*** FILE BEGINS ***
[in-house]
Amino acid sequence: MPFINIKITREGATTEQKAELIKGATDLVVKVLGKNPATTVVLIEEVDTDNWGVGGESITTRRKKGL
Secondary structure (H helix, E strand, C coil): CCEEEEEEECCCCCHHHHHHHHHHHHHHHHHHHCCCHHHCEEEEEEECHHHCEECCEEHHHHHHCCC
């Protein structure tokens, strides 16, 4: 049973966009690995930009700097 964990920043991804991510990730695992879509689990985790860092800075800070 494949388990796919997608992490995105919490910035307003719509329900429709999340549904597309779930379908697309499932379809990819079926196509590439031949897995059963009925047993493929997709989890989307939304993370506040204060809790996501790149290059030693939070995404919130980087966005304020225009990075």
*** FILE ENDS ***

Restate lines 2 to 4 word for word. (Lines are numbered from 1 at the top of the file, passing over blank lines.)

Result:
Amino acid sequence: MPFINIKITREGATTEQKAELIKGATDLVVKVLGKNPATTVVLIEEVDTDNWGVGGESITTRRKKGL
Secondary structure (H helix, E strand, C coil): CCEEEEEEECCCCCHHHHHHHHHHHHHHHHHHHCCCHHHCEEEEEEECHHHCEECCEEHHHHHHCCC
């Protein structure tokens, strides 16, 4: 049973966009690995930009700097 964990920043991804991510990730695992879509689990985790860092800075800070 494949388990796919997608992490995105919490910035307003719509329900429709999340549904597309779930379908697309499932379809990819079926196509590439031949897995059963009925047993493929997709989890989307939304993370506040204060809790996501790149290059030693939070995404919130980087966005304020225009990075």